Beach on Pangkor Island, Fuji XT-2

Pangkor Island (Malaysia), f/22, 1/100, ISO 320.

What I like very much about the Fuji XT-2

Robust, comfortable to hold body

The XT-2 body feels hefty and sturdy (much more so than that of my XE-1), has a good grip even when mounting larger zoom lenses and it’s weather-sealed. Plus it’s really sexy to look at. Can’t complain here!

Dancers in Ko Lanta, Fuji XT-2

Ko Lanta (Thailand), f/5, 1/160, ISO 200.

Operation and AF speed

In my opinion, sluggishness used to be one of the most irritating quirks of the oldest X-series cameras. This is now a thing of the past with the XT-2. On the field, I’ve never felt the camera is slow to react or operate.

Dual articulating screen

If you don’t miss this feature, chances are you’ve never used a camera that has it. Articulating LCDs are just great for very low-angle or over the head shots. The XT-2 screen has a dual hinge mechanism and can also swivel in portrait orientation, which is nice to have.

Naga sunset in Nong Khai, Fuji XT-2

Nong Khai (Thailand), f/18, 1/125, ISO 400.

Great physical controls

Physical dials and controls have always been one of the X-series cameras’ strengths, and ergonomically the XT-2 feels like the culmination of previous models. The addition of a joystick for AF point selection makes the shooting experience, well, a joy.
I used to focus and recompose a lot, but I have switched almost entirely to selecting the AF point with the joystick because it’s so fast and convenient.

Gorgeous viewfinder

Not only it’s huge, bright and responsive, it also has a very forgiving eye relief, so if you’re a glass wearer like me, you probably don’t have to worry (not all faces and eyeglass mounts are created equal!).

Street in Penang, Fuji XT-2

Penang (Malaysia), f/8, 1/1000, ISO 1000.

Excellent burst-shooting ability

I cant speak to the continuous autofocus accuracy of the XT-2 because I don’t use it very often, but its burst shooting abilities are excellent, and I use them all the time.
There are two settings: continuous high-speed (8 fps) and low-speed (5 fps), and switching back and forth between these and the single-shot setting is really easy thanks to the lever conveniently placed at the base of the ISO dial. Should you need even faster bursts, the optional grip will let you go to a whopping 14 fps.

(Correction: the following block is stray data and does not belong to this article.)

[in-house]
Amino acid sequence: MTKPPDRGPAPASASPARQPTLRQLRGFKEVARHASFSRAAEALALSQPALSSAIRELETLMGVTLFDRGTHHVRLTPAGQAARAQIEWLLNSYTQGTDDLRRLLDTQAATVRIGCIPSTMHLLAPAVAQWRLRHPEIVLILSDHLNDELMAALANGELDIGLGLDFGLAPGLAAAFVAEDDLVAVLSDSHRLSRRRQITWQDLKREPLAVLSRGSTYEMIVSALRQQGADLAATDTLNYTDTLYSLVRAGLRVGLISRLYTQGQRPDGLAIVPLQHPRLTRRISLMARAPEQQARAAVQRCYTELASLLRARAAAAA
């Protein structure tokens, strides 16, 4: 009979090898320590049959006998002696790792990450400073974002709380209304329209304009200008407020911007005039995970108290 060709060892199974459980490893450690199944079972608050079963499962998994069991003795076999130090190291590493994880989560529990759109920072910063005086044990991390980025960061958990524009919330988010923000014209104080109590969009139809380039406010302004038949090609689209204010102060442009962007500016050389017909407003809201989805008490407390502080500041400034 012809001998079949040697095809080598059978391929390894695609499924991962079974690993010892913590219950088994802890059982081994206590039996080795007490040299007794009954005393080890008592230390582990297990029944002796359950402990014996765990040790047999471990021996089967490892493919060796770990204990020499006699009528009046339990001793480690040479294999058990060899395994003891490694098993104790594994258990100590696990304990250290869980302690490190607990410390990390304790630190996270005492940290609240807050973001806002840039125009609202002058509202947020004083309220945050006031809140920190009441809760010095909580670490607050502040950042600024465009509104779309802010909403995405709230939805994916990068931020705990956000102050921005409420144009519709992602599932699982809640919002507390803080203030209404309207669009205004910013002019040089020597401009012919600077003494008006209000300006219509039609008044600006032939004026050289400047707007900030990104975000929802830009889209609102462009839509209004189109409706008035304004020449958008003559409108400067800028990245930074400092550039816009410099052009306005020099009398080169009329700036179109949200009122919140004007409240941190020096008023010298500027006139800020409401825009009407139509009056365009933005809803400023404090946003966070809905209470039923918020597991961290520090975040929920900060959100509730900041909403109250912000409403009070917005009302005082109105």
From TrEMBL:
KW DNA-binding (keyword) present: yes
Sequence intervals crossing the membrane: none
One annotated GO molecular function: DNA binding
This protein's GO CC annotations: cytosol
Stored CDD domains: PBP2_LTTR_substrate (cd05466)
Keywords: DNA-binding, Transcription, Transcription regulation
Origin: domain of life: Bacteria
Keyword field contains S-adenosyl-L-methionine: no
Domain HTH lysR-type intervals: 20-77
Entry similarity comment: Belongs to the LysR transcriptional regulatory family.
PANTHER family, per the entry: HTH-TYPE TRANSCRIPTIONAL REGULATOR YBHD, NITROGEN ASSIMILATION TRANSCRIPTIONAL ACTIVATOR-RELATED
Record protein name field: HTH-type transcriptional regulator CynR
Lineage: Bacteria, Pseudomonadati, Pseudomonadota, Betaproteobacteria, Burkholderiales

Basketball in Khon Khaen, Fuji XT-2

Khon Khaen (Thailand). f/9, 1/400 sec, ISO 400.

Dual SD cards

This is another great feature. You can configure the SD card slots in three different ways: spill-over (when one card is full, images will automatically be stored on the second card, straight backup (images are stored on both cards at the same time), or RAW+JPEG backup (RAW images go to the card in one slot, JPEGs to the other). Slot 1 supports faster cards than slot 2, so it makes sense to use the latter for JPEGs with your slower and/or smaller-capacity SD cards.

The latter setting is the one I use. I mostly only keep RAW files anyway, but sometimes I keep a few selected JPEGs. And it’s reassuring to know that if there’s a malfunction of my main SD card, at least I’ll have the JPEGs.

Bangkok bus, Fuji XT-2

Bangkok (Thailand), f/2.8, 1/350, ISO 200. Taken with the XF28mm prime: this lens is sharp wide open!

All in all, I couldn’t be happier with my XT-2. It’s a pleasure to shoot with, and it can make shine even the modestly priced XF 27mm 2.8 prime that I grabbed at a discount in Bangkok. Incidentally, this lens also makes the XT-2 surprisingly light and compact, even more so than the X100 (at least that’s how it feels like, I haven’t compared them side to side).

If you’re thinking about buying the XT-2 or have any questions about it, don’t hesitate to ask below in the comments section, I’ll be happy to help!